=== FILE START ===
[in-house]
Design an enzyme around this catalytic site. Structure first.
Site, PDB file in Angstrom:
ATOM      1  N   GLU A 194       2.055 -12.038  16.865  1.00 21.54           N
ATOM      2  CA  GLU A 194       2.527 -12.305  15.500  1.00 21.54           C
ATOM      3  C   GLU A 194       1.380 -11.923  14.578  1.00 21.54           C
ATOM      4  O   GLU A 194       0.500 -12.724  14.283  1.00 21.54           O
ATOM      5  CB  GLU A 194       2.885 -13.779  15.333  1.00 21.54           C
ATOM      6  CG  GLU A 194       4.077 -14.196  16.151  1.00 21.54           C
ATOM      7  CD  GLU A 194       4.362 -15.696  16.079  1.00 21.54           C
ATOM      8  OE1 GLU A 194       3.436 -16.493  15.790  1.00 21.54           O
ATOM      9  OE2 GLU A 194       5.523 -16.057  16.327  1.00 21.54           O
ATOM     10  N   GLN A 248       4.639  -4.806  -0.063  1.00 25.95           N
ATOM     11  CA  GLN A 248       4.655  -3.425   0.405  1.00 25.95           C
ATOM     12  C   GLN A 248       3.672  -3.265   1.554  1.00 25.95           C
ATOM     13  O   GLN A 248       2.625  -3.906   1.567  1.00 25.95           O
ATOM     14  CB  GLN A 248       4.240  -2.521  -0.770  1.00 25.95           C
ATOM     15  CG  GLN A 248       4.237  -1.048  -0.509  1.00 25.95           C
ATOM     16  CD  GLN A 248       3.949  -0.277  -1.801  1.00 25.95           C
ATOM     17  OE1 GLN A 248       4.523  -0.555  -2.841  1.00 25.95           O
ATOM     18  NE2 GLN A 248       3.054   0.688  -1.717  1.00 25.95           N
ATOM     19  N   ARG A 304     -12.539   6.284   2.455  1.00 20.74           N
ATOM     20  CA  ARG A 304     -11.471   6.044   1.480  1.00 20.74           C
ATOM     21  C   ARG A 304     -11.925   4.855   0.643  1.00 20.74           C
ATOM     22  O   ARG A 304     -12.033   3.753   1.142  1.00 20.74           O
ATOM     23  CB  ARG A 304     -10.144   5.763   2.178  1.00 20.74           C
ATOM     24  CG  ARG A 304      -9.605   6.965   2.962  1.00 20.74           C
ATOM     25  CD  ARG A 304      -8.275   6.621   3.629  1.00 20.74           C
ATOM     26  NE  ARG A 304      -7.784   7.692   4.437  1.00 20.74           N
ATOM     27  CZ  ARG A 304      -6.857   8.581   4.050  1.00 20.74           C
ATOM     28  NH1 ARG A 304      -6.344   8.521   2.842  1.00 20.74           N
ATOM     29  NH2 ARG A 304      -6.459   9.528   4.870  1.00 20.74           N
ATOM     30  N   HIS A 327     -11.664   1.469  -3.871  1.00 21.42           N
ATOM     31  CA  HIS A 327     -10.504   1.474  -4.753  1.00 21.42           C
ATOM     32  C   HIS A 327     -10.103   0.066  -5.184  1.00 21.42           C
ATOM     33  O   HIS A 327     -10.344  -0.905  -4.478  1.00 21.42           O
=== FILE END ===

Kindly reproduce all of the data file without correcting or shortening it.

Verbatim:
[in-house]
Design an enzyme around this catalytic site. Structure first.
Site, PDB file in Angstrom:
ATOM      1  N   GLU A 194       2.055 -12.038  16.865  1.00 21.54           N
ATOM      2  CA  GLU A 194       2.527 -12.305  15.500  1.00 21.54           C
ATOM      3  C   GLU A 194       1.380 -11.923  14.578  1.00 21.54           C
ATOM      4  O   GLU A 194       0.500 -12.724  14.283  1.00 21.54           O
ATOM      5  CB  GLU A 194       2.885 -13.779  15.333  1.00 21.54           C
ATOM      6  CG  GLU A 194       4.077 -14.196  16.151  1.00 21.54           C
ATOM      7  CD  GLU A 194       4.362 -15.696  16.079  1.00 21.54           C
ATOM      8  OE1 GLU A 194       3.436 -16.493  15.790  1.00 21.54           O
ATOM      9  OE2 GLU A 194       5.523 -16.057  16.327  1.00 21.54           O
ATOM     10  N   GLN A 248       4.639  -4.806  -0.063  1.00 25.95           N
ATOM     11  CA  GLN A 248       4.655  -3.425   0.405  1.00 25.95           C
ATOM     12  C   GLN A 248       3.672  -3.265   1.554  1.00 25.95           C
ATOM     13  O   GLN A 248       2.625  -3.906   1.567  1.00 25.95           O
ATOM     14  CB  GLN A 248       4.240  -2.521  -0.770  1.00 25.95           C
ATOM     15  CG  GLN A 248       4.237  -1.048  -0.509  1.00 25.95           C
ATOM     16  CD  GLN A 248       3.949  -0.277  -1.801  1.00 25.95           C
ATOM     17  OE1 GLN A 248       4.523  -0.555  -2.841  1.00 25.95           O
ATOM     18  NE2 GLN A 248       3.054   0.688  -1.717  1.00 25.95           N
ATOM     19  N   ARG A 304     -12.539   6.284   2.455  1.00 20.74           N
ATOM     20  CA  ARG A 304     -11.471   6.044   1.480  1.00 20.74           C
ATOM     21  C   ARG A 304     -11.925   4.855   0.643  1.00 20.74           C
ATOM     22  O   ARG A 304     -12.033   3.753   1.142  1.00 20.74           O
ATOM     23  CB  ARG A 304     -10.144   5.763   2.178  1.00 20.74           C
ATOM     24  CG  ARG A 304      -9.605   6.965   2.962  1.00 20.74           C
ATOM     25  CD  ARG A 304      -8.275   6.621   3.629  1.00 20.74           C
ATOM     26  NE  ARG A 304      -7.784   7.692   4.437  1.00 20.74           N
ATOM     27  CZ  ARG A 304      -6.857   8.581   4.050  1.00 20.74           C
ATOM     28  NH1 ARG A 304      -6.344   8.521   2.842  1.00 20.74           N
ATOM     29  NH2 ARG A 304      -6.459   9.528   4.870  1.00 20.74           N
ATOM     30  N   HIS A 327     -11.664   1.469  -3.871  1.00 21.42           N
ATOM     31  CA  HIS A 327     -10.504   1.474  -4.753  1.00 21.42           C
ATOM     32  C   HIS A 327     -10.103   0.066  -5.184  1.00 21.42           C
ATOM     33  O   HIS A 327     -10.344  -0.905  -4.478  1.00 21.42           O